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How Companies Can Achieve Effective Board Governance, Stakeholder Engagement, and NGO Partnerships

02/12/2014 11:37 am ET | Updated Apr 14, 2014

In researching companies that lead the way in global problem solving, I observed three important success factors: effective corporate board governance; stakeholder engagement; and collaboration with other companies and NGOs/nonprofits. The motivation for multinational corporations to find solutions to the world's greatest challenges is that companies benefit -- while improving the world -- by reducing costs, mitigating risks, and increasing profits. I contend that one of the best ways for businesses to develop their leaders, engage with stakeholders, and partner with NGOs/nonprofits is by involving their executives and professional on NGO/nonprofit boards -- strategically and thoughtfully.

Multinational corporations have much to gain by finding problems to the world's most daunting challenges. Furthermore, in my new book, A Better World, Inc.: How Companies Profit by Finding Solutions to Global Problems...Where Governments Cannot (Palgrave Macmillan, 2014), I maintain that only global companies have the vast resources, international footprint, and financial incentives to create transformational progress to address poverty and income inequality, climate change, education, healthcare, and human rights, among other things.

Yet effective leadership and partnerships are vital for success. And in my experience in training and placing several hundred business executives on global, national, and regional NGO/nonprofit boards and coaching board officers, I've observed these very benefits.

  1. Developing business leaders: Business executives who serve on NGO/nonprofit boards develop valuable leadership and strategic skills for their business roles, while also gaining knowledge of social, economic and environmental issues that are relevant to their companies.
  2. Enhancing corporate governance: Business people who serve on NGO/nonprofit boards gain experience and insights about governance, strategy, accountability, ethics, transparency, and crisis management.
  3. Engaging with stakeholders: Companies engage more deeply and productively in the community--including through new relationships with governments--while growing their leaders. Stakeholder engagement facilitates the ties that form the basis for successful and profitable business ventures.
  4. Strengthening NGOs/nonprofits: NGOs/nonprofits gain the talents of business people and company resources, thereby becoming more effective in achieving their social, economic, and environmental missions.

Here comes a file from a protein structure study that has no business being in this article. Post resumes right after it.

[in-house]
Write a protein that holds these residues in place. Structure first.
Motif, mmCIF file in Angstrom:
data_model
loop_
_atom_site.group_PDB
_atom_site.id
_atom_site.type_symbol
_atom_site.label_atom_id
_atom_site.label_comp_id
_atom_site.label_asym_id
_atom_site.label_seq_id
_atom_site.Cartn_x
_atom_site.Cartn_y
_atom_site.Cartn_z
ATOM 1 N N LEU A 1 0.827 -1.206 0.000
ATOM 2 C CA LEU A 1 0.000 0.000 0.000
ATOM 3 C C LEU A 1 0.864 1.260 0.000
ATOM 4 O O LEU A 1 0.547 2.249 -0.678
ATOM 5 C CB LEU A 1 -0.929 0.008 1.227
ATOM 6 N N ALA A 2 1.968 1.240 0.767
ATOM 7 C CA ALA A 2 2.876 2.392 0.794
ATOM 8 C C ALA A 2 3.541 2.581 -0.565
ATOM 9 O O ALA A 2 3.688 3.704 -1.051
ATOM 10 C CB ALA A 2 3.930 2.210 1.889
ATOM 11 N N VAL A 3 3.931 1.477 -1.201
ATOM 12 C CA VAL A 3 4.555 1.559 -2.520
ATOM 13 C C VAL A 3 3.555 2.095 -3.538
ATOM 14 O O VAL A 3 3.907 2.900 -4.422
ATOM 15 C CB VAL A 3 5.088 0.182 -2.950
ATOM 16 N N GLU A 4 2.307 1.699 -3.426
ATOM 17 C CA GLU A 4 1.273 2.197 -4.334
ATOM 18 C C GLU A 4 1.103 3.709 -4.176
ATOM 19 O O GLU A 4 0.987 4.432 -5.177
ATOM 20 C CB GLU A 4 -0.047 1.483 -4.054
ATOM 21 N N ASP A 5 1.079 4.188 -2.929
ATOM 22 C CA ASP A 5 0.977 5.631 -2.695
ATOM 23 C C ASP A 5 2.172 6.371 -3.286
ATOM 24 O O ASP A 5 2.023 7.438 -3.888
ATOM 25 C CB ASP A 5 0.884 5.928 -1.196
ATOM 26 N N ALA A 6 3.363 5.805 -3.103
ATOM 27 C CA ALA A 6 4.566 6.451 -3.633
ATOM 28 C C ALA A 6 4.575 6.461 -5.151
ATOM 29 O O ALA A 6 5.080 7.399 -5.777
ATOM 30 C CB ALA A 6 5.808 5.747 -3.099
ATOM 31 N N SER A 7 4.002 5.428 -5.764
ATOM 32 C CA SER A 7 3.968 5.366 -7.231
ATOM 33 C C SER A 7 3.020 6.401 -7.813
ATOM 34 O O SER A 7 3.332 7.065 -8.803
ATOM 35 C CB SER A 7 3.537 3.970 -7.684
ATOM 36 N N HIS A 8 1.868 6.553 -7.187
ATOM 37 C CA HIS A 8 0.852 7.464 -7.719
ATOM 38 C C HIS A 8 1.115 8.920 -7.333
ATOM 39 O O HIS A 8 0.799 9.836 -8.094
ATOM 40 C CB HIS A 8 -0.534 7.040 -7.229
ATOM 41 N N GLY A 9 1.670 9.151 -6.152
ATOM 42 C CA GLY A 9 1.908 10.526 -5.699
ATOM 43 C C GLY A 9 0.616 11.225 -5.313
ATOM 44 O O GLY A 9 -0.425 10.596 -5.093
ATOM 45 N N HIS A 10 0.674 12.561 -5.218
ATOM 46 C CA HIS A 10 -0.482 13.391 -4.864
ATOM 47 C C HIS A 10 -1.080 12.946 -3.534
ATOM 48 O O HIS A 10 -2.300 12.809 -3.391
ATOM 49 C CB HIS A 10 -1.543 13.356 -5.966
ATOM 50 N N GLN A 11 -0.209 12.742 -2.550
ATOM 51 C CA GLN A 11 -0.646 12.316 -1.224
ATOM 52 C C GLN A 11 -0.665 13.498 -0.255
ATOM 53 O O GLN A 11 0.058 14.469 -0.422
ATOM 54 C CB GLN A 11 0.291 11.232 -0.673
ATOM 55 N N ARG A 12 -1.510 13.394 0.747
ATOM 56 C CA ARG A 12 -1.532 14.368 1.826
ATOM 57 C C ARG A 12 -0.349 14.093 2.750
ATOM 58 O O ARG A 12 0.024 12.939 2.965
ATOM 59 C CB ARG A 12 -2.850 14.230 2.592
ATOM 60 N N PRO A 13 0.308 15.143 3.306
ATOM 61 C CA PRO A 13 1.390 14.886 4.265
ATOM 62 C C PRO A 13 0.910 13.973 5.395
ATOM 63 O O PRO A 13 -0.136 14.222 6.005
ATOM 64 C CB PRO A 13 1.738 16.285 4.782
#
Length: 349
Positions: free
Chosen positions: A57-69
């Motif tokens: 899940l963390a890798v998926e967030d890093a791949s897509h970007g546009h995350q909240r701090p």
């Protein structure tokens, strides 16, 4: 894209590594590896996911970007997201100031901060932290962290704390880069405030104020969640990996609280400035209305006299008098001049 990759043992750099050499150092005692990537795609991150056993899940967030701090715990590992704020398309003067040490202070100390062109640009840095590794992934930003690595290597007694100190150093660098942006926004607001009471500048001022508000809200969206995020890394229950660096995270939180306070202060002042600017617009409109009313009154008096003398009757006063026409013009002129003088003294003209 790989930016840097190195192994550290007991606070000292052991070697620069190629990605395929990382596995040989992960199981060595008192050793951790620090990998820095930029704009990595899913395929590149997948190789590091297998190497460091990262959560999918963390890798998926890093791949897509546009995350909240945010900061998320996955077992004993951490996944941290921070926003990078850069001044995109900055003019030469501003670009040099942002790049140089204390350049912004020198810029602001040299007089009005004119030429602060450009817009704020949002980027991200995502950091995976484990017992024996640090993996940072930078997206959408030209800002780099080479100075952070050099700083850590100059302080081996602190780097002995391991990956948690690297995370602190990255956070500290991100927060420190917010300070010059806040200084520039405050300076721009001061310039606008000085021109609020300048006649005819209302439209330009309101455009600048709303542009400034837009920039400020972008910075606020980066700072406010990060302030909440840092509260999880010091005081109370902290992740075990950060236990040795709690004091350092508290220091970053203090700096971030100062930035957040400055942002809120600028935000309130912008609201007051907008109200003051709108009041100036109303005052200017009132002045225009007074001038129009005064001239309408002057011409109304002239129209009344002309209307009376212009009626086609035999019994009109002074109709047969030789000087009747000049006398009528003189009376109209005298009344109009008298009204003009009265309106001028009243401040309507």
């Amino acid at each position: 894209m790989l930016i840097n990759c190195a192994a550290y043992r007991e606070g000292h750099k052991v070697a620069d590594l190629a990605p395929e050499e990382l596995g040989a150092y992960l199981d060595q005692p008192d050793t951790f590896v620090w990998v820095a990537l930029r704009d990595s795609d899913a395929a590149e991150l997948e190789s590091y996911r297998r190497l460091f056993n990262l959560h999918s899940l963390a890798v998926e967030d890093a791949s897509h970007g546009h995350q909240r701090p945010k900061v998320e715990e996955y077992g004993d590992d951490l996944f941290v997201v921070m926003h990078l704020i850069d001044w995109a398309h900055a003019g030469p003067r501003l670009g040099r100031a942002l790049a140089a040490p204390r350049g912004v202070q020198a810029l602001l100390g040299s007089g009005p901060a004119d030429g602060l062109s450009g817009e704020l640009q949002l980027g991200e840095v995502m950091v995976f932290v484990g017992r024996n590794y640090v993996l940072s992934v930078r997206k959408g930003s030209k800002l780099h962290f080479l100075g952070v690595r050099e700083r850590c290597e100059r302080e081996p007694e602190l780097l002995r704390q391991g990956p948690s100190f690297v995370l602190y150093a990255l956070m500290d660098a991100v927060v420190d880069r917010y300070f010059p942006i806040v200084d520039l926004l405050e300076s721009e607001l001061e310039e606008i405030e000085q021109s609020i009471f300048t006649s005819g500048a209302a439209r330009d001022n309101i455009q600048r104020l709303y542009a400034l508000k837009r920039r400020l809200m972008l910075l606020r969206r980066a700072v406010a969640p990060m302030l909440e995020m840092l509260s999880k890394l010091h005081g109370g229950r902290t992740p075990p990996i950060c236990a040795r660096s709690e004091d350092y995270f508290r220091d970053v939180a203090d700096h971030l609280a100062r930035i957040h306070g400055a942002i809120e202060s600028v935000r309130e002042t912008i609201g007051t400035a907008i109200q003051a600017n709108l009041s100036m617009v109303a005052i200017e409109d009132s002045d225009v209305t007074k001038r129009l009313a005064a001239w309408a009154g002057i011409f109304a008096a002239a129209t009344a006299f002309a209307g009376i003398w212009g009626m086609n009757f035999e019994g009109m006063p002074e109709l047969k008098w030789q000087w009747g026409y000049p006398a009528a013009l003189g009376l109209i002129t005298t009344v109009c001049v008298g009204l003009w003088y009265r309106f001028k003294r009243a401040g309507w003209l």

5. Improving communities: Communities improve when NGOs/nonprofit boards are more effective. Stronger communities translate to a viable workforce, a vibrant consumer base, and sustainable resources.

Companies that seek to maximize the value of their board-matching programs need to do so just as strategically as they approach all other business initiatives. There are a several key steps.

  1. Creating a board-matching program mission, vision, and strategy that will advance and support the company's greater purpose and growth objectives, with clear objectives that will be measured and assessed on a regular basis.
  2. Setting a budget to support the board-matching program, including guidelines for the company or its foundation to make financial contributions to NGOs/nonprofits where its executives and professional serve.
  3. Providing high quality, interactive training and preparation for executives and professionals who serve on boards to ensure that their experiences are productive and rewarding.
  4. Offering training for NGO/nonprofit boards where the company's executives and professionals serve, so that they are functioning optimally.
  5. Ensuring that the board matches achieve all of the possible benefits including providing a positive experience for the board member, adding value to the NGO/nonprofit and the community, and achieving the company's purposes.

Defeating poverty, mitigating the pace of global warming and the destruction of natural ecosystems, and advancing education, healthcare, and human rights are ambitious goals. National governments do not have the authority and resources to address global problems, nor has the international community achieved binding and actionable agreements to provide adequate responses. The nonprofit sector has made great strides in improving the human condition, but lacks resources and scalability to make transformational progress. Only multinational corporations have the might, the profit motivation, the worldwide influence, and the long-term wherewithal to accomplish these purposes. Furthermore, businesses that are leading the way are showing that innovating solutions to social, environmental, and economic challenges can be profitable.

Through effective NGO/nonprofit board-matching programs, global corporations can further advance their interests in solving global problems by developing better leaders and relationships for their companies and the world.